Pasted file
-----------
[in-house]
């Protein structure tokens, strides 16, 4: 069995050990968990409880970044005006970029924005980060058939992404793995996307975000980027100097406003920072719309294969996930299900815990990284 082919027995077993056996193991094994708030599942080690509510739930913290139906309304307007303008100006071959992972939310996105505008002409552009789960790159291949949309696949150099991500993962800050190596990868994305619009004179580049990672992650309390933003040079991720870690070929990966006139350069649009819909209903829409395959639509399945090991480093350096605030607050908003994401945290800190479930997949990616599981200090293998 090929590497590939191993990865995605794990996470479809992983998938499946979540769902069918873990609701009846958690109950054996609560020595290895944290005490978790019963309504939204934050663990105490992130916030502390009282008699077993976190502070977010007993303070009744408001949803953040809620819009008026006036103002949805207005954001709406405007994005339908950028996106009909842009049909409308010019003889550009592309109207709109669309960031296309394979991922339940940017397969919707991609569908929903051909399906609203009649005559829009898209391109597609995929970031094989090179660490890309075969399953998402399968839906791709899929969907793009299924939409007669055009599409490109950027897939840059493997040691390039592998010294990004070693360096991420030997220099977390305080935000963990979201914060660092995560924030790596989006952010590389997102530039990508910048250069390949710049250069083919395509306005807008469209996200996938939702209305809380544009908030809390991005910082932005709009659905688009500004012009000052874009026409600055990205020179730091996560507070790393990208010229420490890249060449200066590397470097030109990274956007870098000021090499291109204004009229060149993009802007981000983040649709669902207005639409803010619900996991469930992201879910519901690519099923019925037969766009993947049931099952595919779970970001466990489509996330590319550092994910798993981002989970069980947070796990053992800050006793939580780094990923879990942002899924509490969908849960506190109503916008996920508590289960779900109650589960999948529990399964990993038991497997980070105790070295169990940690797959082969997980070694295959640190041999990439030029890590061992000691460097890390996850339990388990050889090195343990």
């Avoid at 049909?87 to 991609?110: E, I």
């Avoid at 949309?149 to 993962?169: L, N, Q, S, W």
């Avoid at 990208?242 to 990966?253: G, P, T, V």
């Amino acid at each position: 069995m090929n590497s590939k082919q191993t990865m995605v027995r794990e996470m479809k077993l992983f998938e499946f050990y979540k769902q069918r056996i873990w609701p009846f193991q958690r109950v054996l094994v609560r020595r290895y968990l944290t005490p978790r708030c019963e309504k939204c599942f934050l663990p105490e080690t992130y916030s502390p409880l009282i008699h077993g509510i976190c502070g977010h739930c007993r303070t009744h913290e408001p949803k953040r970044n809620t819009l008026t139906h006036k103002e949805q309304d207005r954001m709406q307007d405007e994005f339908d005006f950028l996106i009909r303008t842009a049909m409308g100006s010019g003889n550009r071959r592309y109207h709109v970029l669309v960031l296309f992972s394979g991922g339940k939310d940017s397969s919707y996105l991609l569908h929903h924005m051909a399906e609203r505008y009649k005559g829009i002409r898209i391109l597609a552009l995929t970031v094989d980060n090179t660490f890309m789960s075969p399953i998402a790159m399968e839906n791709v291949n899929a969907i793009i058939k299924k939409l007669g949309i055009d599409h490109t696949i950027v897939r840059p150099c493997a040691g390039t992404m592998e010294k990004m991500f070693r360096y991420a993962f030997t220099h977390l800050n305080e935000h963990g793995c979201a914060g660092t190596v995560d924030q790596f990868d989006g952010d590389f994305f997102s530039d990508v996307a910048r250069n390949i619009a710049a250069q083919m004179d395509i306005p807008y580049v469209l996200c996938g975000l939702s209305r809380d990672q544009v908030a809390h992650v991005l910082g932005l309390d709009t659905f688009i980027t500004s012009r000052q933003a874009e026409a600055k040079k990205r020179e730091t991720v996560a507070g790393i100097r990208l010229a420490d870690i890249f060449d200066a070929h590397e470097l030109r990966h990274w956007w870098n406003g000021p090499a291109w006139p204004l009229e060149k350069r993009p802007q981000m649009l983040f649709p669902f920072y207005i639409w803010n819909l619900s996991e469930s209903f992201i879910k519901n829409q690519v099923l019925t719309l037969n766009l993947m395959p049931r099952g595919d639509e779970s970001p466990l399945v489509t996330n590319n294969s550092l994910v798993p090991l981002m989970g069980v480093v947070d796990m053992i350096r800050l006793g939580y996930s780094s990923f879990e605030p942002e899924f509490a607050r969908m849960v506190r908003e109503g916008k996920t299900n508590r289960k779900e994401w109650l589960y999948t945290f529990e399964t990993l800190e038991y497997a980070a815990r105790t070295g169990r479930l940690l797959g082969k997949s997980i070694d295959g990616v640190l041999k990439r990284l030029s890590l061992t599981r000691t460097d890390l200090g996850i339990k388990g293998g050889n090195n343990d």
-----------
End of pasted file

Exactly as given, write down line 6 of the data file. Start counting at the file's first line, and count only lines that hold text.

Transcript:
């Amino acid at each position: 069995m090929n590497s590939k082919q191993t990865m995605v027995r794990e996470m479809k077993l992983f998938e499946f050990y979540k769902q069918r056996i873990w609701p009846f193991q958690r109950v054996l094994v609560r020595r290895y968990l944290t005490p978790r708030c019963e309504k939204c599942f934050l663990p105490e080690t992130y916030s502390p409880l009282i008699h077993g509510i976190c502070g977010h739930c007993r303070t009744h913290e408001p949803k953040r970044n809620t819009l008026t139906h006036k103002e949805q309304d207005r954001m709406q307007d405007e994005f339908d005006f950028l996106i009909r303008t842009a049909m409308g100006s010019g003889n550009r071959r592309y109207h709109v970029l669309v960031l296309f992972s394979g991922g339940k939310d940017s397969s919707y996105l991609l569908h929903h924005m051909a399906e609203r505008y009649k005559g829009i002409r898209i391109l597609a552009l995929t970031v094989d980060n090179t660490f890309m789960s075969p399953i998402a790159m399968e839906n791709v291949n899929a969907i793009i058939k299924k939409l007669g949309i055009d599409h490109t696949i950027v897939r840059p150099c493997a040691g390039t992404m592998e010294k990004m991500f070693r360096y991420a993962f030997t220099h977390l800050n305080e935000h963990g793995c979201a914060g660092t190596v995560d924030q790596f990868d989006g952010d590389f994305f997102s530039d990508v996307a910048r250069n390949i619009a710049a250069q083919m004179d395509i306005p807008y580049v469209l996200c996938g975000l939702s209305r809380d990672q544009v908030a809390h992650v991005l910082g932005l309390d709009t659905f688009i980027t500004s012009r000052q933003a874009e026409a600055k040079k990205r020179e730091t991720v996560a507070g790393i100097r990208l010229a420490d870690i890249f060449d200066a070929h590397e470097l030109r990966h990274w956007w870098n406003g000021p090499a291109w006139p204004l009229e060149k350069r993009p802007q981000m649009l983040f649709p669902f920072y207005i639409w803010n819909l619900s996991e469930s209903f992201i879910k519901n829409q690519v099923l019925t719309l037969n766009l993947m395959p049931r099952g595919d639509e779970s970001p466990l399945v489509t996330n590319n294969s550092l994910v798993p090991l981002m989970g069980v480093v947070d796990m053992i350096r800050l006793g939580y996930s780094s990923f879990e605030p942002e899924f509490a607050r969908m849960v506190r908003e109503g916008k996920t299900n508590r289960k779900e994401w109650l589960y999948t945290f529990e399964t990993l800190e038991y497997a980070a815990r105790t070295g169990r479930l940690l797959g082969k997949s997980i070694d295959g990616v640190l041999k990439r990284l030029s890590l061992t599981r000691t460097d890390l200090g996850i339990k388990g293998g050889n090195n343990d």